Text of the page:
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Wednesday, August 24, 2011

Ann Widdecombe: Silly old moo!

Ann Widdecombe: Silly old moo!


By Ann Widdecombe, Daily Express, Wednesday 24 August 2011

IT is reported that David Cameron is meeting resistance from coalition colleagues in his determination to reform our barmy human rights laws.

If that is true then he should call their bluff because Britain is thoroughly fed up with what he has rightly described as the “wrong-headed ideas, bureaucratic nonsense and destructive culture” of the human rights laws without which we managed perfectly well until Blair decided to take us in to this silly convention.

It will not be Nick Clegg whose vote the PM will need at the next election but that of the British public. He should tell his wimpish coalition partner just that and take some immediate and decisive action.

Comment: Are the public actually saying anything in relation to human rights? All I have heard or read has come from ill-informed politicians and the media. My view is that David Cameron is trying to get public support for his stupid idea to abolish the Human Rights Act 1998.

Perhaps, Ann Widdecombe needs a gentle reminder that the Tory party did not get the public support necessary for an overall majority at the last general election. Power was shared by forming a coalition government with the LibDems. The public did not vote for the Tory manifesto promise to scrap the Human Rights Act. Certainly such a barmy idea did not feature in the LibDem manifesto. The LibDems are in favour of human rights. Therefore it is not surprising that David Cameron's tyrannical idea is meeting with resistance from the LibDems. It is a fallacy for Ann Widdecombe to claim that our human rights laws are barmy. Parliament legislated for the Human Rights Act.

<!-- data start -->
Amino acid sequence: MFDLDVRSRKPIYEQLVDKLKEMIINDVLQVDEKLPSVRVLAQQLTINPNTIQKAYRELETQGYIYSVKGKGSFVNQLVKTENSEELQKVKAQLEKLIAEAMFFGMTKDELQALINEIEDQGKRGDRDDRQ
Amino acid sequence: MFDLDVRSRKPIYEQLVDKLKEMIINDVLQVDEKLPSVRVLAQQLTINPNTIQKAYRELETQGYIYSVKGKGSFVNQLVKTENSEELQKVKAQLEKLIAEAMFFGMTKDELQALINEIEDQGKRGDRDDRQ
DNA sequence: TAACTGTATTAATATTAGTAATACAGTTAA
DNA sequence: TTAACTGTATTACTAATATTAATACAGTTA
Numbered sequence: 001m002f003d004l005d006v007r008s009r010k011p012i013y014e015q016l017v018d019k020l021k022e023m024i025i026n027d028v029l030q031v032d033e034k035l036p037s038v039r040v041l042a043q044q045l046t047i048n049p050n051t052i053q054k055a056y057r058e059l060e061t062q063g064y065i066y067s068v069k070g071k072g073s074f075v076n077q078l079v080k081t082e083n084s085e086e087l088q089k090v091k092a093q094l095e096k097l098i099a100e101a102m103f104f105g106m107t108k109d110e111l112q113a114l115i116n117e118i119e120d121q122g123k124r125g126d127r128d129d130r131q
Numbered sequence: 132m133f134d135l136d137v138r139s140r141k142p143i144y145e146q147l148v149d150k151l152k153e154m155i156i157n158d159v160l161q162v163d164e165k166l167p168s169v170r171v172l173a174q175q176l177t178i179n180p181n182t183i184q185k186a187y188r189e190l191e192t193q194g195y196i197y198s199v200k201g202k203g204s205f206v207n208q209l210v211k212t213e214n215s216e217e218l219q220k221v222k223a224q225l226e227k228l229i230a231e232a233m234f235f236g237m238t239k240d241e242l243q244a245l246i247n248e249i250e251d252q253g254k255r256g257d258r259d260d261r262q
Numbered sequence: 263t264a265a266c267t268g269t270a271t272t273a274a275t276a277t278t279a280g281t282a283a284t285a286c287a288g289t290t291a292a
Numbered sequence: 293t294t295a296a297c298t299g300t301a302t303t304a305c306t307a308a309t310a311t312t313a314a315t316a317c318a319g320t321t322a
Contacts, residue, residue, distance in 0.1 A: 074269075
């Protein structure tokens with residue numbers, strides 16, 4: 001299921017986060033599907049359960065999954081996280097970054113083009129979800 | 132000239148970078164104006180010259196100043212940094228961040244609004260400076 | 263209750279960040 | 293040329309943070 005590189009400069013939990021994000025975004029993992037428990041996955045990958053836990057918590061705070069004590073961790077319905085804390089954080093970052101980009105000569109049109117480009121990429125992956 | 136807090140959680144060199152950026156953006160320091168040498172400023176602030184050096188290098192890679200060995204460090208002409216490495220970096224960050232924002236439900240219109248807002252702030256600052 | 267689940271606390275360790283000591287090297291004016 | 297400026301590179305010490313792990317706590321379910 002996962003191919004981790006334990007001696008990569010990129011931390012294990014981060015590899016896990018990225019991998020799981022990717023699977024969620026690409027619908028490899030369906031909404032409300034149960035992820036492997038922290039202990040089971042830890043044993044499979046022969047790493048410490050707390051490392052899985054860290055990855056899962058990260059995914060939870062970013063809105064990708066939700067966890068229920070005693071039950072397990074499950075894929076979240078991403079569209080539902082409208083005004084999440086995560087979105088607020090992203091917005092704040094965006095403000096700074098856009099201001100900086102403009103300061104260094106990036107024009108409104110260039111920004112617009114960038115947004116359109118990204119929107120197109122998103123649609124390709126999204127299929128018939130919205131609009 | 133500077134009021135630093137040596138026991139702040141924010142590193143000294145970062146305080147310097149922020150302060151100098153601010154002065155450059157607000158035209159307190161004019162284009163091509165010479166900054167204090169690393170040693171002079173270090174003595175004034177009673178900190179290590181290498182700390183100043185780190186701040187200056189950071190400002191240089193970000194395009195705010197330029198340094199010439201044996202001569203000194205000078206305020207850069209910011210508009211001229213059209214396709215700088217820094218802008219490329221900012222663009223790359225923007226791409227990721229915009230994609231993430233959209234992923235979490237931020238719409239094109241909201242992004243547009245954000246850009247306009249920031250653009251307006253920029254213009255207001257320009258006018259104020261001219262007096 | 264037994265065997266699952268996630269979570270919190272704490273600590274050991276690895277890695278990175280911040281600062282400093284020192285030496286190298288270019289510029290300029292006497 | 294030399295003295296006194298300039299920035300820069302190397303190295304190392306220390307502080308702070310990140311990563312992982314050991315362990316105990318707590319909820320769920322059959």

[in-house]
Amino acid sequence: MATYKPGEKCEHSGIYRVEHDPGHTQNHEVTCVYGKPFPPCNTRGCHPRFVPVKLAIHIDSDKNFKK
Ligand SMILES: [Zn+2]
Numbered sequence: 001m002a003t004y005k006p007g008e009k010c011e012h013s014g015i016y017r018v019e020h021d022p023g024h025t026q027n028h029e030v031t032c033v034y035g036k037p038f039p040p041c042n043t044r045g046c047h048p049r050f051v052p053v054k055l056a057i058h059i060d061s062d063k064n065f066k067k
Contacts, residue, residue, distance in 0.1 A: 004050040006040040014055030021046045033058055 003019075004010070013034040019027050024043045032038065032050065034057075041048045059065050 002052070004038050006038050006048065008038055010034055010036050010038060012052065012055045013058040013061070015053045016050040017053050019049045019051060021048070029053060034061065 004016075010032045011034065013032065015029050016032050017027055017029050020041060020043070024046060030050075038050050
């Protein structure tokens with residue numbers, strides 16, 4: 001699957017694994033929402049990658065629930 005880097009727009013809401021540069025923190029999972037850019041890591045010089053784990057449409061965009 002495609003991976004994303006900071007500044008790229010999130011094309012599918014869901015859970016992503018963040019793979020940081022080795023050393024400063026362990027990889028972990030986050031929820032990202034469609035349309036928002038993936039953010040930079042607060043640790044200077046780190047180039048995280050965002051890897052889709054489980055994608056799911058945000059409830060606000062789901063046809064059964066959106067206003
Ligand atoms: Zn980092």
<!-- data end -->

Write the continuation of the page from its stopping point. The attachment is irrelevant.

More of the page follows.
Ann Widdecombe fails to produce any evidence to support her claim that Britain is fed up with the idea of human rights. It was only last week that David Cameron came out with his wrong-headed ideas in a speech he gave to his constituents in Witney. She states that David Cameron should call the LibDems bluff. However, it was as recently as 11 April 2011 that the European Court of Human Rights called the UK's bluff on the issue of convicted prisoners human right to vote. The ECtHR has given the UK until 11 October 2011 to bring forward proposals to amend the law to allow convicted prisoners to vote. As this deadline draws nearer I can understand why David Cameron is getting jittery at the prospect of having to announce his major U Turn on the issue. Ann Widdecombe is wrong-headed to claim that Tony Blair decided to take us into the European Convention on Human Rights. Clement Attlee, the Labour Prime Minister, signed up the UK to the ECHR on 4 November 1950. The Convention entered into force on 3 September 1953, and Winston Churchill was the Tory Prime Minister. It is silly of Ann Widdecombe to claim that the Convention is silly given that it was largely drafted by UK lawyers, and designed to protect individuals from abuse of power by the State.

There is nothing wimpish about standing up for human rights. It takes courage to defy those seeking to turn Britain into a totalitarian or authoritarian State.

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